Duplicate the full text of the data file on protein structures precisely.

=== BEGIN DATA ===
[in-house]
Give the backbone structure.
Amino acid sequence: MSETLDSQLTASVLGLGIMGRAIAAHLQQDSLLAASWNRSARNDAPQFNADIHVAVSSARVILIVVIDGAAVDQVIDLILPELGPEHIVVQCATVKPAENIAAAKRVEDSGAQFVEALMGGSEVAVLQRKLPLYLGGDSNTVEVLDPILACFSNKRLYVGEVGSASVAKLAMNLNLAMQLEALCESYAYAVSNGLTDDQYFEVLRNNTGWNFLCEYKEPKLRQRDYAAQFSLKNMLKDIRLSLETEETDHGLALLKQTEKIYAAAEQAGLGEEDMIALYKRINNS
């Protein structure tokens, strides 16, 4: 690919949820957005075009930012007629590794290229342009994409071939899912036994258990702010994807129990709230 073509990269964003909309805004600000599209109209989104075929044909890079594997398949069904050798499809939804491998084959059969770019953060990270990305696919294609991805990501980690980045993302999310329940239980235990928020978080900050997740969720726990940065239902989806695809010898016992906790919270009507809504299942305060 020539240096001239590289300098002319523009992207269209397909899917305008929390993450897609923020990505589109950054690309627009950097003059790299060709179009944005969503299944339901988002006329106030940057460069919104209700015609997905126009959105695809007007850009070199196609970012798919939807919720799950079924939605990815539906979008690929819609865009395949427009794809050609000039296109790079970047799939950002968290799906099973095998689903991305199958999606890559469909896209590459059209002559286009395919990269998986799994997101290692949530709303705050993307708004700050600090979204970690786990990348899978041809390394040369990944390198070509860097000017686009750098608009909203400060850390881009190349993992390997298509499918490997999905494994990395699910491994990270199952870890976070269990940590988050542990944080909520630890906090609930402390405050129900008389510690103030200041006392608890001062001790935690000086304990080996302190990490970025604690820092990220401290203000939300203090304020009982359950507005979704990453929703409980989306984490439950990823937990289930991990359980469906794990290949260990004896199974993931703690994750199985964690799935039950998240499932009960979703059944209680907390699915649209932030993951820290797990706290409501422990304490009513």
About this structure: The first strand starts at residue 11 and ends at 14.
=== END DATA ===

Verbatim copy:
[in-house]
Give the backbone structure.
Amino acid sequence: MSETLDSQLTASVLGLGIMGRAIAAHLQQDSLLAASWNRSARNDAPQFNADIHVAVSSARVILIVVIDGAAVDQVIDLILPELGPEHIVVQCATVKPAENIAAAKRVEDSGAQFVEALMGGSEVAVLQRKLPLYLGGDSNTVEVLDPILACFSNKRLYVGEVGSASVAKLAMNLNLAMQLEALCESYAYAVSNGLTDDQYFEVLRNNTGWNFLCEYKEPKLRQRDYAAQFSLKNMLKDIRLSLETEETDHGLALLKQTEKIYAAAEQAGLGEEDMIALYKRINNS
């Protein structure tokens, strides 16, 4: 690919949820957005075009930012007629590794290229342009994409071939899912036994258990702010994807129990709230 073509990269964003909309805004600000599209109209989104075929044909890079594997398949069904050798499809939804491998084959059969770019953060990270990305696919294609991805990501980690980045993302999310329940239980235990928020978080900050997740969720726990940065239902989806695809010898016992906790919270009507809504299942305060 020539240096001239590289300098002319523009992207269209397909899917305008929390993450897609923020990505589109950054690309627009950097003059790299060709179009944005969503299944339901988002006329106030940057460069919104209700015609997905126009959105695809007007850009070199196609970012798919939807919720799950079924939605990815539906979008690929819609865009395949427009794809050609000039296109790079970047799939950002968290799906099973095998689903991305199958999606890559469909896209590459059209002559286009395919990269998986799994997101290692949530709303705050993307708004700050600090979204970690786990990348899978041809390394040369990944390198070509860097000017686009750098608009909203400060850390881009190349993992390997298509499918490997999905494994990395699910491994990270199952870890976070269990940590988050542990944080909520630890906090609930402390405050129900008389510690103030200041006392608890001062001790935690000086304990080996302190990490970025604690820092990220401290203000939300203090304020009982359950507005979704990453929703409980989306984490439950990823937990289930991990359980469906794990290949260990004896199974993931703690994750199985964690799935039950998240499932009960979703059944209680907390699915649209932030993951820290797990706290409501422990304490009513």
About this structure: The first strand starts at residue 11 and ends at 14.